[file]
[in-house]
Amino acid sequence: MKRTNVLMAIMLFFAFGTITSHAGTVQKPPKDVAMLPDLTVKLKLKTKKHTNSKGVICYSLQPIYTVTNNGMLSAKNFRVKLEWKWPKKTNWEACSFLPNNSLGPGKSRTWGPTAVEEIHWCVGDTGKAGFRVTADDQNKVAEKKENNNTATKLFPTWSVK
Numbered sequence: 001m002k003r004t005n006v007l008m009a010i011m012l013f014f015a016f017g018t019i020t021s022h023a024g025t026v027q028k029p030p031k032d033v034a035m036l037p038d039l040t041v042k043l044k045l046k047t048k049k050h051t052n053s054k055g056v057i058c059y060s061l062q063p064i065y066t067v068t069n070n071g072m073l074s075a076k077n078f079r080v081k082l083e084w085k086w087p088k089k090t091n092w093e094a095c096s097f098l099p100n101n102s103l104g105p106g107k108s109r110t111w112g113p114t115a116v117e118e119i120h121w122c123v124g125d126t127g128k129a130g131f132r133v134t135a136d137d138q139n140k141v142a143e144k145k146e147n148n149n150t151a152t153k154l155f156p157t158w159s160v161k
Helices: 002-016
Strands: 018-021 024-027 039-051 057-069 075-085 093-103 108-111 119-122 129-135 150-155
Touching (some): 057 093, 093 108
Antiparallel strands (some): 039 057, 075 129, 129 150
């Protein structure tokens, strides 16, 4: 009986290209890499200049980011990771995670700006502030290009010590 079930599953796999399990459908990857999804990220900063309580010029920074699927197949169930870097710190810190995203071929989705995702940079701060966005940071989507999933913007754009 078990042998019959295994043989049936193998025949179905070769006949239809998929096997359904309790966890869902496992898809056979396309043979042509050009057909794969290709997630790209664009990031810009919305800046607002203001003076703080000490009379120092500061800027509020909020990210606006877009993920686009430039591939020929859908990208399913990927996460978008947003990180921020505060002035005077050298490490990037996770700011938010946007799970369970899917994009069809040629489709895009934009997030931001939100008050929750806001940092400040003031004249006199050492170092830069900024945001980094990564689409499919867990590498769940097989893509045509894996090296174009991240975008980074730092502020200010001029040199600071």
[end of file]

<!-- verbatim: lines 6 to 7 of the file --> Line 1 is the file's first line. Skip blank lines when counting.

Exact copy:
Touching (some): 057 093, 093 108
Antiparallel strands (some): 039 057, 075 129, 129 150